# Function Bounded and Continuous on (0,1) but not Integrable!

• May 11th 2010, 06:29 AM
evry1cndie
Function Bounded and Continuous on (0,1) but not Integrable!
Question: Give an Example of a Function Which is Continuous and Bounded on the Open Interval (0,1) and prove it....

The proof i hopefully would be able to do. I have Absolutely no idea What kind of function would be non-integrable.

The fact that it's bounded and continuous almost seems to guarantee the functions integrability, the only thing i see destroying it is the open interval, however looking at it in the sense if Darboux Upper/Lower Sums, Sup{f(x)} and Inf{f(x)} need not belong to the interval, so even if the function achieves a max/min at the endpoints and not within the interval we can still integrate... maybe I'm thinking too hard.. i dunno. help!
• May 11th 2010, 09:14 AM
Drexel28
Quote:

Originally Posted by evry1cndie
Question: Give an Example of a Function Which is Continuous and Bounded on the Open Interval (0,1) and prove it....

The proof i hopefully would be able to do. I have Absolutely no idea What kind of function would be non-integrable.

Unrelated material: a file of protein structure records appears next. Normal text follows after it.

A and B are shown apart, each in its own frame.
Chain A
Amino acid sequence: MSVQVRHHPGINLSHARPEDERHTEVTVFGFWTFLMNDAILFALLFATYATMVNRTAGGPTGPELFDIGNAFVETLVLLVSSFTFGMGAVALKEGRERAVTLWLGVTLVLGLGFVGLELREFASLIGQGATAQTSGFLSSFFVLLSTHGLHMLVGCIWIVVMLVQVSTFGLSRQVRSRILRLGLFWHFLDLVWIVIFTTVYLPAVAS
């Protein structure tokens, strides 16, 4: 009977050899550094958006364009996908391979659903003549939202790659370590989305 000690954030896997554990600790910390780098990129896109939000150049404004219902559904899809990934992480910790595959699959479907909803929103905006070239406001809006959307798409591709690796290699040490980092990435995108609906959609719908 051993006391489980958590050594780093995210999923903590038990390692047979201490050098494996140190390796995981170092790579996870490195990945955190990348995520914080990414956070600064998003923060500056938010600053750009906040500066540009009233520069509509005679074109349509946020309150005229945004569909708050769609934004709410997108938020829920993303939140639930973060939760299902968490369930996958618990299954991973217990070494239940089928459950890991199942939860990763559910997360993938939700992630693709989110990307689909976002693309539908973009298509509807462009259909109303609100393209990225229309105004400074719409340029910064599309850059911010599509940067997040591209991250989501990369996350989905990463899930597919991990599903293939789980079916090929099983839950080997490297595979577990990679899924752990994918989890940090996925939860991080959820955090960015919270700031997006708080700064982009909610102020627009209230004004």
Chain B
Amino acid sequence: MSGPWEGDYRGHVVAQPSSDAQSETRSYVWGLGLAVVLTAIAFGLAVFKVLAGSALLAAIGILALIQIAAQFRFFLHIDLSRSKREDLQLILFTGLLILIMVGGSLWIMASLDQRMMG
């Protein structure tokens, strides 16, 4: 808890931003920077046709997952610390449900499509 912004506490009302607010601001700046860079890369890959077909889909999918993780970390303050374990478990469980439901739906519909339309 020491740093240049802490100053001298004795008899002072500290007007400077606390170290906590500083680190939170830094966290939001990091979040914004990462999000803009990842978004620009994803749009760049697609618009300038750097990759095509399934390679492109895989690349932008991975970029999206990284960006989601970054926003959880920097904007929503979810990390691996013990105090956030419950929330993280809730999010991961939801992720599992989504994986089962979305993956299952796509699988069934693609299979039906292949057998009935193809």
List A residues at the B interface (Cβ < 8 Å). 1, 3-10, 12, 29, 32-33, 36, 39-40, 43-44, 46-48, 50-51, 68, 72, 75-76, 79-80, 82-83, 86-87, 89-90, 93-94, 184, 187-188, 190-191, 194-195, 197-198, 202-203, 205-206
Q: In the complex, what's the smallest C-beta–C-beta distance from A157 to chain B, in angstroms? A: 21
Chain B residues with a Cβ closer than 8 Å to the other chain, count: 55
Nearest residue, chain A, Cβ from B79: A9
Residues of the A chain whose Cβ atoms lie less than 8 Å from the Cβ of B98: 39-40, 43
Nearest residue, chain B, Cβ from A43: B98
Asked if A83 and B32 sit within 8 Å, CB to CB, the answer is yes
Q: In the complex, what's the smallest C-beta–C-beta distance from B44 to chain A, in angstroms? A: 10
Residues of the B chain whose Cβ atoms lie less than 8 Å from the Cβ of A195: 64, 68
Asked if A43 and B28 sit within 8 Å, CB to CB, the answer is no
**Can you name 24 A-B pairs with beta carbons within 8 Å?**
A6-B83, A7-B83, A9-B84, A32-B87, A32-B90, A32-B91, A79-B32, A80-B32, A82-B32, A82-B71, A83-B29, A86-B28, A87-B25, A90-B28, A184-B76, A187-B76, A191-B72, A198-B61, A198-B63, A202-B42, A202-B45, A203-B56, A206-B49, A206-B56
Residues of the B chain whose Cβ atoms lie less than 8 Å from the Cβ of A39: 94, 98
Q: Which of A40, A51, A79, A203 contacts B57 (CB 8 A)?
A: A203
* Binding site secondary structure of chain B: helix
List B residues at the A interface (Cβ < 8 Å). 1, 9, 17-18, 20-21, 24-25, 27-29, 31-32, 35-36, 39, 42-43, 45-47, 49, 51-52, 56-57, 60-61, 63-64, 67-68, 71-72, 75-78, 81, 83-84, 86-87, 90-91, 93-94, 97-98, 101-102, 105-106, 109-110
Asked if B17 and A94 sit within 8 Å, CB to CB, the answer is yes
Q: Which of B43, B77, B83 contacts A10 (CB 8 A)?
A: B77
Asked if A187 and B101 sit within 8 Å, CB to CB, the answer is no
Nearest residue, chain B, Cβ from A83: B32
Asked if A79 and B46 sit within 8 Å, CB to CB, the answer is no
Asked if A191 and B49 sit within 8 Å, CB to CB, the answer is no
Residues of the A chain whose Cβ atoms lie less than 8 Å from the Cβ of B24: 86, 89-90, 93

The fact that it's bounded and continuous almost seems to guarantee the functions integrability, the only thing i see destroying it is the open interval, however looking at it in the sense if Darboux Upper/Lower Sums, Sup{f(x)} and Inf{f(x)} need not belong to the interval, so even if the function achieves a max/min at the endpoints and not within the interval we can still integrate... maybe I'm thinking too hard.. i dunno. help!

What kind of integral is defined on an open interval?
• May 11th 2010, 12:15 PM
Jose27
Quote:

Originally Posted by evry1cndie
Question: Give an Example of a Function Which is Continuous and Bounded on the Open Interval (0,1) and prove it....

The proof i hopefully would be able to do. I have Absolutely no idea What kind of function would be non-integrable.

The fact that it's bounded and continuous almost seems to guarantee the functions integrability, the only thing i see destroying it is the open interval, however looking at it in the sense if Darboux Upper/Lower Sums, Sup{f(x)} and Inf{f(x)} need not belong to the interval, so even if the function achieves a max/min at the endpoints and not within the interval we can still integrate... maybe I'm thinking too hard.. i dunno. help!